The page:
(TheLibertyRevolution.com)- Last week, Texas salon owner Jenny Cudd was sentenced for her involvement in the January 6 riot at the Capitol after pleading guilty to the misdemeanor charge of knowingly entering and remaining in a restricted area without authority to do so.
On Wednesday, Judge Trevor McFadden from the US District Court for the District of Columbia sentenced Cudd to two months probation, a $5,000 fine, and ordered her to pay $500 in restitution which her attorney said Cudd already paid.
Tuesday, prosecutors had filed a motion arguing that Cudd may have “repudiated” her plea agreement when she told a probation officer during a presentencing interview that she didn’t realize she broke the law when she entered the Capitol. Prosecutors argued that her comments flew in the face of her guilty plea.
Accusing the government of “gamesmanship,” defense attorney Marina Medvin suggested prosecutors were recommending jail time, not because of Cudd’s actions, but because of her political views.
To make her point, Medvin compared the DOJ’s decision not to even charge other protesters, like those who broke into the Portland federal courthouse or the ones who disrupted the confirmation hearings for Supreme Court Justice Brett Kavanaugh.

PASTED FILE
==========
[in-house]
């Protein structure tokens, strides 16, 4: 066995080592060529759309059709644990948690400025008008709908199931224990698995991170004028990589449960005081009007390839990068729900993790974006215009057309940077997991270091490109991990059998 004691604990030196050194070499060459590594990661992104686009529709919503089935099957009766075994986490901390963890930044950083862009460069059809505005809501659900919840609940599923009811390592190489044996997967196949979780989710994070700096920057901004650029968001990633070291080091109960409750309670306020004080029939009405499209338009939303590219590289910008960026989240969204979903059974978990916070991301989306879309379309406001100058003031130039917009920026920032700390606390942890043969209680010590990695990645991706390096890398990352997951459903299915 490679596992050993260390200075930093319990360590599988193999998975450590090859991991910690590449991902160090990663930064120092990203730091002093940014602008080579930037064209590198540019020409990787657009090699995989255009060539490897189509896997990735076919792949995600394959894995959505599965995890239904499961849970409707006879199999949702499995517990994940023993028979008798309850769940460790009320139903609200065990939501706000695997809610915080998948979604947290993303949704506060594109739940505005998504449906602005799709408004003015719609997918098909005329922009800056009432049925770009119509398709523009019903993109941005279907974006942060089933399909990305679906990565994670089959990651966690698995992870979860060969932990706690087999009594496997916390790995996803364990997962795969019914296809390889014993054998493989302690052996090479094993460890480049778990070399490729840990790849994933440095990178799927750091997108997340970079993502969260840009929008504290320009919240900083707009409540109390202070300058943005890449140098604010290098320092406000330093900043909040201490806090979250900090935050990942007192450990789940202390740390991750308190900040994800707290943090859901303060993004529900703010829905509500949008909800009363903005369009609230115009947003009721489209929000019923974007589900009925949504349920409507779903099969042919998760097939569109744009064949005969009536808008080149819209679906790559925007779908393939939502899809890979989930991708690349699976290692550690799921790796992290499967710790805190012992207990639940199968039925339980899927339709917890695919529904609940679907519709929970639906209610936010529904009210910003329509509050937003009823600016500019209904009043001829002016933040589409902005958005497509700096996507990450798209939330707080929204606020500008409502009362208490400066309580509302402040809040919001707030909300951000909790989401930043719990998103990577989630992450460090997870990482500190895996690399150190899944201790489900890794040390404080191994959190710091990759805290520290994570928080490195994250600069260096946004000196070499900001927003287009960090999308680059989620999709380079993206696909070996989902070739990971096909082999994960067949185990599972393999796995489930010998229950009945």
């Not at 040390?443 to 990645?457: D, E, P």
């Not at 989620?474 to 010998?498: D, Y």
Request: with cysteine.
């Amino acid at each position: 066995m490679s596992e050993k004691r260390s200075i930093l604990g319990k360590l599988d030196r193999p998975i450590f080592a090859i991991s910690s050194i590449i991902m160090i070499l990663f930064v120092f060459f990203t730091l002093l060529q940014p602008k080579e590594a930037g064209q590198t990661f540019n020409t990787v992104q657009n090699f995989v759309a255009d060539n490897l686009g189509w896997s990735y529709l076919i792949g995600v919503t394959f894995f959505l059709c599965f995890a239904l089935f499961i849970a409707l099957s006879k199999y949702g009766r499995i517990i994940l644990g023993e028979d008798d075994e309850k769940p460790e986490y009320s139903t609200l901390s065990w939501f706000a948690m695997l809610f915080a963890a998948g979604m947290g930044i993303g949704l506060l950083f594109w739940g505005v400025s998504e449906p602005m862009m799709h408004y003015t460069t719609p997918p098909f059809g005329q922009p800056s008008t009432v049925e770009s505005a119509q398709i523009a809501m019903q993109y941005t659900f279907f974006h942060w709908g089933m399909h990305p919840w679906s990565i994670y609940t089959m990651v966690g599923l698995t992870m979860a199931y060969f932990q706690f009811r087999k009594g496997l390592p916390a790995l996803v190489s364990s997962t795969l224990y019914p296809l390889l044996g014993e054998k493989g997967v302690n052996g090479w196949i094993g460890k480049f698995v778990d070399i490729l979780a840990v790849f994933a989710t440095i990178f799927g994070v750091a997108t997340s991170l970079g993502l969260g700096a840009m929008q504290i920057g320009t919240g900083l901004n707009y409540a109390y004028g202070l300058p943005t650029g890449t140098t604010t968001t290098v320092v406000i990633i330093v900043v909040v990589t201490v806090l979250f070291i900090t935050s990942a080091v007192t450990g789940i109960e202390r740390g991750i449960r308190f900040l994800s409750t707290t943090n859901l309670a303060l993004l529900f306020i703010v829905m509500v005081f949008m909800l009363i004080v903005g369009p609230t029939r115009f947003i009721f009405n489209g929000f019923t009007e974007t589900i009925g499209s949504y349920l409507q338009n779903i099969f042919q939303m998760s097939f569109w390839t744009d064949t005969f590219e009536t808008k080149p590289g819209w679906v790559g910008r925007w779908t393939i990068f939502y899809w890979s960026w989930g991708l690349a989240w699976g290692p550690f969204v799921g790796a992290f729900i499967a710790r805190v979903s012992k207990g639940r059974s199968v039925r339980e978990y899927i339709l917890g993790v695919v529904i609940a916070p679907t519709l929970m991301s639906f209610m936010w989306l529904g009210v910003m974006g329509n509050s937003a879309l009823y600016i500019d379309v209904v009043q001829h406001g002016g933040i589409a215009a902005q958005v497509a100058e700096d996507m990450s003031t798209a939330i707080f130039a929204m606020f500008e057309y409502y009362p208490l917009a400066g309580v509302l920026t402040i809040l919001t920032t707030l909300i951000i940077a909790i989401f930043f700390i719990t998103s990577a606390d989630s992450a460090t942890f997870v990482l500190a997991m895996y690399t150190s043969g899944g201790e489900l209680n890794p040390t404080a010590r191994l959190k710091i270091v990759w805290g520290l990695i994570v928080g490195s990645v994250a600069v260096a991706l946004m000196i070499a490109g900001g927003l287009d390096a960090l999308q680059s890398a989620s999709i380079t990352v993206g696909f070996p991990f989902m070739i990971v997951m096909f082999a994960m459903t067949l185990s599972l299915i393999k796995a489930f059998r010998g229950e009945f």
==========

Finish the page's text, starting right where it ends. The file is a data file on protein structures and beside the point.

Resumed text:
It was the right argument to make to Judge McFadden, who has repeatedly made the same comparisons himself during other hearings for January 6 defendants.
Before delivering his sentence, McFadden said he opposed “aggregate justice” and said the Justice Department’s sentencing recommendation for Cudd was “disproportionate” to other defendants who committed similar offenses.
McFadden acknowledged that it appeared the government “had two different standards here, and I can’t abide by that.”
During her sentencing, Cudd offered a brief statement where she vowed to continue fighting for “free, fair, and transparent elections.” She said she suffered financial and social consequences from her arrest, including threats against her and her business.
Cudd also expressed regret that the riot disrupted the debate and challenges to the certification of the electoral college votes, saying the country would be “very different” if the debate had not been disrupted.